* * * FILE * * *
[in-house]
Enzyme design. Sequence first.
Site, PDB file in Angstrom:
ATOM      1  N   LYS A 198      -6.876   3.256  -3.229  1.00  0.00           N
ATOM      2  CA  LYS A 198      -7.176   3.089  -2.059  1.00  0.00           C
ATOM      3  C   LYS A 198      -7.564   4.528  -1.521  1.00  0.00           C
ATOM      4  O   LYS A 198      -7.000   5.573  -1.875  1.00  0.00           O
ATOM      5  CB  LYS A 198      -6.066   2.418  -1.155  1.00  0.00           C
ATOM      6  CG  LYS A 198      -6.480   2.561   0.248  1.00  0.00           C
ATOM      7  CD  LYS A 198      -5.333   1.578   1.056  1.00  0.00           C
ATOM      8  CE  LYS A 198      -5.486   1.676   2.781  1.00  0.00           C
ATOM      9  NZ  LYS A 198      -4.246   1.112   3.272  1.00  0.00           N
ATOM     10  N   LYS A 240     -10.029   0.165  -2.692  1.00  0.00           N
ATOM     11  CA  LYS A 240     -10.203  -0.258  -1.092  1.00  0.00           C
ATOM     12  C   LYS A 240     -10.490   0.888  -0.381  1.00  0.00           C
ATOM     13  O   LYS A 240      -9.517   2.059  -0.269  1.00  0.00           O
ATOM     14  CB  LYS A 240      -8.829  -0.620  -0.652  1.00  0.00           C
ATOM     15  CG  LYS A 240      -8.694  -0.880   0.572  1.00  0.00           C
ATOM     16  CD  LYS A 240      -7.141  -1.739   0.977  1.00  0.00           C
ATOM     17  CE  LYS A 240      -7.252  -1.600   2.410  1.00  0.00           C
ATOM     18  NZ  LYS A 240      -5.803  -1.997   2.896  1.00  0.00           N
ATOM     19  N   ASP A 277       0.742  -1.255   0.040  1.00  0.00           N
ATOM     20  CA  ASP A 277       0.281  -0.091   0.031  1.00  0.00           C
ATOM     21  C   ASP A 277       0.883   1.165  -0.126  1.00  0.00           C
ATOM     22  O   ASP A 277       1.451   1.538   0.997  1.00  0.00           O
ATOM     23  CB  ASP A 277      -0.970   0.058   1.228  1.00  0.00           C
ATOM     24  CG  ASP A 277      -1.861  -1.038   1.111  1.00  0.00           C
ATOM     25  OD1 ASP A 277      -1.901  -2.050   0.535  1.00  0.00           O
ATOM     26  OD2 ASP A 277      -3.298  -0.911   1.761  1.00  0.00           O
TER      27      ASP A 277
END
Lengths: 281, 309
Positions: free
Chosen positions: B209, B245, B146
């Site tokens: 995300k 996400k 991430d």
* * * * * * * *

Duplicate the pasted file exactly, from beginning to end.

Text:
[in-house]
Enzyme design. Sequence first.
Site, PDB file in Angstrom:
ATOM      1  N   LYS A 198      -6.876   3.256  -3.229  1.00  0.00           N
ATOM      2  CA  LYS A 198      -7.176   3.089  -2.059  1.00  0.00           C
ATOM      3  C   LYS A 198      -7.564   4.528  -1.521  1.00  0.00           C
ATOM      4  O   LYS A 198      -7.000   5.573  -1.875  1.00  0.00           O
ATOM      5  CB  LYS A 198      -6.066   2.418  -1.155  1.00  0.00           C
ATOM      6  CG  LYS A 198      -6.480   2.561   0.248  1.00  0.00           C
ATOM      7  CD  LYS A 198      -5.333   1.578   1.056  1.00  0.00           C
ATOM      8  CE  LYS A 198      -5.486   1.676   2.781  1.00  0.00           C
ATOM      9  NZ  LYS A 198      -4.246   1.112   3.272  1.00  0.00           N
ATOM     10  N   LYS A 240     -10.029   0.165  -2.692  1.00  0.00           N
ATOM     11  CA  LYS A 240     -10.203  -0.258  -1.092  1.00  0.00           C
ATOM     12  C   LYS A 240     -10.490   0.888  -0.381  1.00  0.00           C
ATOM     13  O   LYS A 240      -9.517   2.059  -0.269  1.00  0.00           O
ATOM     14  CB  LYS A 240      -8.829  -0.620  -0.652  1.00  0.00           C
ATOM     15  CG  LYS A 240      -8.694  -0.880   0.572  1.00  0.00           C
ATOM     16  CD  LYS A 240      -7.141  -1.739   0.977  1.00  0.00           C
ATOM     17  CE  LYS A 240      -7.252  -1.600   2.410  1.00  0.00           C
ATOM     18  NZ  LYS A 240      -5.803  -1.997   2.896  1.00  0.00           N
ATOM     19  N   ASP A 277       0.742  -1.255   0.040  1.00  0.00           N
ATOM     20  CA  ASP A 277       0.281  -0.091   0.031  1.00  0.00           C
ATOM     21  C   ASP A 277       0.883   1.165  -0.126  1.00  0.00           C
ATOM     22  O   ASP A 277       1.451   1.538   0.997  1.00  0.00           O
ATOM     23  CB  ASP A 277      -0.970   0.058   1.228  1.00  0.00           C
ATOM     24  CG  ASP A 277      -1.861  -1.038   1.111  1.00  0.00           C
ATOM     25  OD1 ASP A 277      -1.901  -2.050   0.535  1.00  0.00           O
ATOM     26  OD2 ASP A 277      -3.298  -0.911   1.761  1.00  0.00           O
TER      27      ASP A 277
END
Lengths: 281, 309
Positions: free
Chosen positions: B209, B245, B146
């Site tokens: 995300k 996400k 991430d």